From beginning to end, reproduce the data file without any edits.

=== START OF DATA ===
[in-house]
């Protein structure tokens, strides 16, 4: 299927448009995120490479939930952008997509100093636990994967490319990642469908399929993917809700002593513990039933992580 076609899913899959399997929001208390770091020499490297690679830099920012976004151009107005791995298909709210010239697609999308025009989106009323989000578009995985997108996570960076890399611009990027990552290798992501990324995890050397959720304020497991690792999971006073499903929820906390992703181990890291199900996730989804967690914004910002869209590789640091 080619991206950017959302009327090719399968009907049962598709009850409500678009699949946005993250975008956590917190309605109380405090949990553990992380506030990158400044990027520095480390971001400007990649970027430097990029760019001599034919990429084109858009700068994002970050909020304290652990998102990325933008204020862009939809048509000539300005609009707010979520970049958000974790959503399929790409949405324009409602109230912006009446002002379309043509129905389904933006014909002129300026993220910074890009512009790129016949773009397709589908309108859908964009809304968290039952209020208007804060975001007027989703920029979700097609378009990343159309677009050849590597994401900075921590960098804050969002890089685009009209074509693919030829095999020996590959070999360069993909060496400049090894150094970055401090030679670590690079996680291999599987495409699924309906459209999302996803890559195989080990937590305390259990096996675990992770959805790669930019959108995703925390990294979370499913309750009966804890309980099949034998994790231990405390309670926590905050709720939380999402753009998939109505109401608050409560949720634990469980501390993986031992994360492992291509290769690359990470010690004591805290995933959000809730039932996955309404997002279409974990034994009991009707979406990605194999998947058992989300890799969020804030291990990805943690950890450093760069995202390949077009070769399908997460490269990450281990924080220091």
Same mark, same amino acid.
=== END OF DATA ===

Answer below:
[in-house]
């Protein structure tokens, strides 16, 4: 299927448009995120490479939930952008997509100093636990994967490319990642469908399929993917809700002593513990039933992580 076609899913899959399997929001208390770091020499490297690679830099920012976004151009107005791995298909709210010239697609999308025009989106009323989000578009995985997108996570960076890399611009990027990552290798992501990324995890050397959720304020497991690792999971006073499903929820906390992703181990890291199900996730989804967690914004910002869209590789640091 080619991206950017959302009327090719399968009907049962598709009850409500678009699949946005993250975008956590917190309605109380405090949990553990992380506030990158400044990027520095480390971001400007990649970027430097990029760019001599034919990429084109858009700068994002970050909020304290652990998102990325933008204020862009939809048509000539300005609009707010979520970049958000974790959503399929790409949405324009409602109230912006009446002002379309043509129905389904933006014909002129300026993220910074890009512009790129016949773009397709589908309108859908964009809304968290039952209020208007804060975001007027989703920029979700097609378009990343159309677009050849590597994401900075921590960098804050969002890089685009009209074509693919030829095999020996590959070999360069993909060496400049090894150094970055401090030679670590690079996680291999599987495409699924309906459209999302996803890559195989080990937590305390259990096996675990992770959805790669930019959108995703925390990294979370499913309750009966804890309980099949034998994790231990405390309670926590905050709720939380999402753009998939109505109401608050409560949720634990469980501390993986031992994360492992291509290769690359990470010690004591805290995933959000809730039932996955309404997002279409974990034994009991009707979406990605194999998947058992989300890799969020804030291990990805943690950890450093760069995202390949077009070769399908997460490269990450281990924080220091």
Same mark, same amino acid.